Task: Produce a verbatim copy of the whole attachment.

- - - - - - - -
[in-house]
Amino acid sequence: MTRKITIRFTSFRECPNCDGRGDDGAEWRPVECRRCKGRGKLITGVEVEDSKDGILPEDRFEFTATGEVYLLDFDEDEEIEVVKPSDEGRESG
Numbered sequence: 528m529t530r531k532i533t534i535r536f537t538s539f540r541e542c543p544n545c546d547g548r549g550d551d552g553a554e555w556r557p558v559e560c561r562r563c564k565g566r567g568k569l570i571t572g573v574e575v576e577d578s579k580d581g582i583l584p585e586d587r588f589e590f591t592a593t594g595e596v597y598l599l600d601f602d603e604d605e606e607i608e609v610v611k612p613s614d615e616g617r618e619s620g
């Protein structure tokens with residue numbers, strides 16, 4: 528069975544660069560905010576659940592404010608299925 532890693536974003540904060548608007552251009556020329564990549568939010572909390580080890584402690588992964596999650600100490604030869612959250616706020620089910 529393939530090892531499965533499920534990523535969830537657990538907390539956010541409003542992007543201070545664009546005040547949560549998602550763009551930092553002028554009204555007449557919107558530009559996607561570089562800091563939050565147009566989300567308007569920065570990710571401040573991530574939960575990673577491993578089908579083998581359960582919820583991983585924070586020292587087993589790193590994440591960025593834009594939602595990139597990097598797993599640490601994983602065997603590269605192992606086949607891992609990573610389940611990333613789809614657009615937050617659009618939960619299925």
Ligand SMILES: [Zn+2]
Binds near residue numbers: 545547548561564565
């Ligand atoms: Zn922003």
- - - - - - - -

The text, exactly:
[in-house]
Amino acid sequence: MTRKITIRFTSFRECPNCDGRGDDGAEWRPVECRRCKGRGKLITGVEVEDSKDGILPEDRFEFTATGEVYLLDFDEDEEIEVVKPSDEGRESG
Numbered sequence: 528m529t530r531k532i533t534i535r536f537t538s539f540r541e542c543p544n545c546d547g548r549g550d551d552g553a554e555w556r557p558v559e560c561r562r563c564k565g566r567g568k569l570i571t572g573v574e575v576e577d578s579k580d581g582i583l584p585e586d587r588f589e590f591t592a593t594g595e596v597y598l599l600d601f602d603e604d605e606e607i608e609v610v611k612p613s614d615e616g617r618e619s620g
């Protein structure tokens with residue numbers, strides 16, 4: 528069975544660069560905010576659940592404010608299925 532890693536974003540904060548608007552251009556020329564990549568939010572909390580080890584402690588992964596999650600100490604030869612959250616706020620089910 529393939530090892531499965533499920534990523535969830537657990538907390539956010541409003542992007543201070545664009546005040547949560549998602550763009551930092553002028554009204555007449557919107558530009559996607561570089562800091563939050565147009566989300567308007569920065570990710571401040573991530574939960575990673577491993578089908579083998581359960582919820583991983585924070586020292587087993589790193590994440591960025593834009594939602595990139597990097598797993599640490601994983602065997603590269605192992606086949607891992609990573610389940611990333613789809614657009615937050617659009618939960619299925």
Ligand SMILES: [Zn+2]
Binds near residue numbers: 545547548561564565
């Ligand atoms: Zn922003």